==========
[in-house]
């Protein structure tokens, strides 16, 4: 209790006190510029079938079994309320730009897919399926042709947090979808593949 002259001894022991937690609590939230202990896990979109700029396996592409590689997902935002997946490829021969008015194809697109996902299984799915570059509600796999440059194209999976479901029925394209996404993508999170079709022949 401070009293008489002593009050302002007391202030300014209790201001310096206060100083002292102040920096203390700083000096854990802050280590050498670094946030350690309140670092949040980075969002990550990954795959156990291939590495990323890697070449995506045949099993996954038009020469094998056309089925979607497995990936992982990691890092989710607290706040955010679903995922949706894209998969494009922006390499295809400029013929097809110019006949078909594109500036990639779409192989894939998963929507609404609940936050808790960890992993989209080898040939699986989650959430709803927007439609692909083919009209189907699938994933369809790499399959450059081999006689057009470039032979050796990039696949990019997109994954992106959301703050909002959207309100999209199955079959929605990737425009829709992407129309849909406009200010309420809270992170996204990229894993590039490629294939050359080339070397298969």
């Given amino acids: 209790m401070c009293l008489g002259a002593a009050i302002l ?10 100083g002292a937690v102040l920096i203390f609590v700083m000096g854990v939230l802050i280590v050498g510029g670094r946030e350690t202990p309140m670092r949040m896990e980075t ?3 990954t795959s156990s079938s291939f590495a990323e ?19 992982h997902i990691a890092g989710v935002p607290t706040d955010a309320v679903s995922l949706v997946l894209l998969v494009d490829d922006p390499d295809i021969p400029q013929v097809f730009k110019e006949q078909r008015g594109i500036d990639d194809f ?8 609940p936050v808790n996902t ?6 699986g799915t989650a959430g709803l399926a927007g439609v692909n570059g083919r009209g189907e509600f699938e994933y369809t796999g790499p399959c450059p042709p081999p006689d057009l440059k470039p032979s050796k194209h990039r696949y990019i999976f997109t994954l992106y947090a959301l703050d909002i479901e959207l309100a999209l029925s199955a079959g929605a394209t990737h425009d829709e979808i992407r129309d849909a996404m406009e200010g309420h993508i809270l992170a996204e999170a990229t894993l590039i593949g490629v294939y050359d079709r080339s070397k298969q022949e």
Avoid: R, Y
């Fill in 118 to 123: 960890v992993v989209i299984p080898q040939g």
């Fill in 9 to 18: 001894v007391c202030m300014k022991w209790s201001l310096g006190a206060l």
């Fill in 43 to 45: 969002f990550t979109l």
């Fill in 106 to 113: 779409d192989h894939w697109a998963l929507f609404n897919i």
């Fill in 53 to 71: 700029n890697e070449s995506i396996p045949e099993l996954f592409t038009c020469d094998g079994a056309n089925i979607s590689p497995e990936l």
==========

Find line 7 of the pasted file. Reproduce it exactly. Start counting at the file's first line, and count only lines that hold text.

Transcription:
């Fill in 43 to 45: 969002f990550t979109l």